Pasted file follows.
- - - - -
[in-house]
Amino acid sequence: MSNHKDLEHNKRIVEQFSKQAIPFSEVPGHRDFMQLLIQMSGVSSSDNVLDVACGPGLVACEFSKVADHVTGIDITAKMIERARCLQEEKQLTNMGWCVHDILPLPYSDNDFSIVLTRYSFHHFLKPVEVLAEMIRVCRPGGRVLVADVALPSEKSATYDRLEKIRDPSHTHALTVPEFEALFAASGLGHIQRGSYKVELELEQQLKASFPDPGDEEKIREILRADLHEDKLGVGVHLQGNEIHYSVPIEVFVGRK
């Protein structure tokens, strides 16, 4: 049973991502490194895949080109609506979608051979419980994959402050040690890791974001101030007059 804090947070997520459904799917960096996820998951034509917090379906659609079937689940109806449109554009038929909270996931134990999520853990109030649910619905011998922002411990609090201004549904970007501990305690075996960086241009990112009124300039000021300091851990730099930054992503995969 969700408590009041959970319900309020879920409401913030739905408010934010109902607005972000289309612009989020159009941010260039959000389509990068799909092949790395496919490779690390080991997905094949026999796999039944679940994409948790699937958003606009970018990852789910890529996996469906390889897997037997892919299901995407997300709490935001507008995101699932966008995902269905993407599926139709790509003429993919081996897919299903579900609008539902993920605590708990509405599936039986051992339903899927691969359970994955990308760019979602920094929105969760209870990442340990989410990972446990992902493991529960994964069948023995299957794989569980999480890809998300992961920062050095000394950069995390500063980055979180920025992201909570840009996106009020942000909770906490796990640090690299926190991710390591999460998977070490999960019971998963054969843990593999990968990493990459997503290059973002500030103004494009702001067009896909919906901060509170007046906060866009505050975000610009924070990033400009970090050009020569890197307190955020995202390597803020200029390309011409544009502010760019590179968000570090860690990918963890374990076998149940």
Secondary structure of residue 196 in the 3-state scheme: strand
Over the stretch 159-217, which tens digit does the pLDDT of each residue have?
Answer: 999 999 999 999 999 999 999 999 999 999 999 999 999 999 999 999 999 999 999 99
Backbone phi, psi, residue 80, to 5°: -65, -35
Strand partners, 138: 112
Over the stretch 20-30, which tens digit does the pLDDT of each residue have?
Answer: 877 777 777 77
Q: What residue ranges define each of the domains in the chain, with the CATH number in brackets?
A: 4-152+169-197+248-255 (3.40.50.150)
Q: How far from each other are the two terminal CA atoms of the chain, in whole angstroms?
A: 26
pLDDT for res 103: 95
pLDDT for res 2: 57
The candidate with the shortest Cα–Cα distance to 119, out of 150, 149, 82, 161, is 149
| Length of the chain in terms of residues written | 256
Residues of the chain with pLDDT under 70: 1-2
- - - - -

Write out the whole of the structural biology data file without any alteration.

[in-house]
Amino acid sequence: MSNHKDLEHNKRIVEQFSKQAIPFSEVPGHRDFMQLLIQMSGVSSSDNVLDVACGPGLVACEFSKVADHVTGIDITAKMIERARCLQEEKQLTNMGWCVHDILPLPYSDNDFSIVLTRYSFHHFLKPVEVLAEMIRVCRPGGRVLVADVALPSEKSATYDRLEKIRDPSHTHALTVPEFEALFAASGLGHIQRGSYKVELELEQQLKASFPDPGDEEKIREILRADLHEDKLGVGVHLQGNEIHYSVPIEVFVGRK
């Protein structure tokens, strides 16, 4: 049973991502490194895949080109609506979608051979419980994959402050040690890791974001101030007059 804090947070997520459904799917960096996820998951034509917090379906659609079937689940109806449109554009038929909270996931134990999520853990109030649910619905011998922002411990609090201004549904970007501990305690075996960086241009990112009124300039000021300091851990730099930054992503995969 969700408590009041959970319900309020879920409401913030739905408010934010109902607005972000289309612009989020159009941010260039959000389509990068799909092949790395496919490779690390080991997905094949026999796999039944679940994409948790699937958003606009970018990852789910890529996996469906390889897997037997892919299901995407997300709490935001507008995101699932966008995902269905993407599926139709790509003429993919081996897919299903579900609008539902993920605590708990509405599936039986051992339903899927691969359970994955990308760019979602920094929105969760209870990442340990989410990972446990992902493991529960994964069948023995299957794989569980999480890809998300992961920062050095000394950069995390500063980055979180920025992201909570840009996106009020942000909770906490796990640090690299926190991710390591999460998977070490999960019971998963054969843990593999990968990493990459997503290059973002500030103004494009702001067009896909919906901060509170007046906060866009505050975000610009924070990033400009970090050009020569890197307190955020995202390597803020200029390309011409544009502010760019590179968000570090860690990918963890374990076998149940």
Secondary structure of residue 196 in the 3-state scheme: strand
Over the stretch 159-217, which tens digit does the pLDDT of each residue have?
Answer: 999 999 999 999 999 999 999 999 999 999 999 999 999 999 999 999 999 999 999 99
Backbone phi, psi, residue 80, to 5°: -65, -35
Strand partners, 138: 112
Over the stretch 20-30, which tens digit does the pLDDT of each residue have?
Answer: 877 777 777 77
Q: What residue ranges define each of the domains in the chain, with the CATH number in brackets?
A: 4-152+169-197+248-255 (3.40.50.150)
Q: How far from each other are the two terminal CA atoms of the chain, in whole angstroms?
A: 26
pLDDT for res 103: 95
pLDDT for res 2: 57
The candidate with the shortest Cα–Cα distance to 119, out of 150, 149, 82, 161, is 149
| Length of the chain in terms of residues written | 256
Residues of the chain with pLDDT under 70: 1-2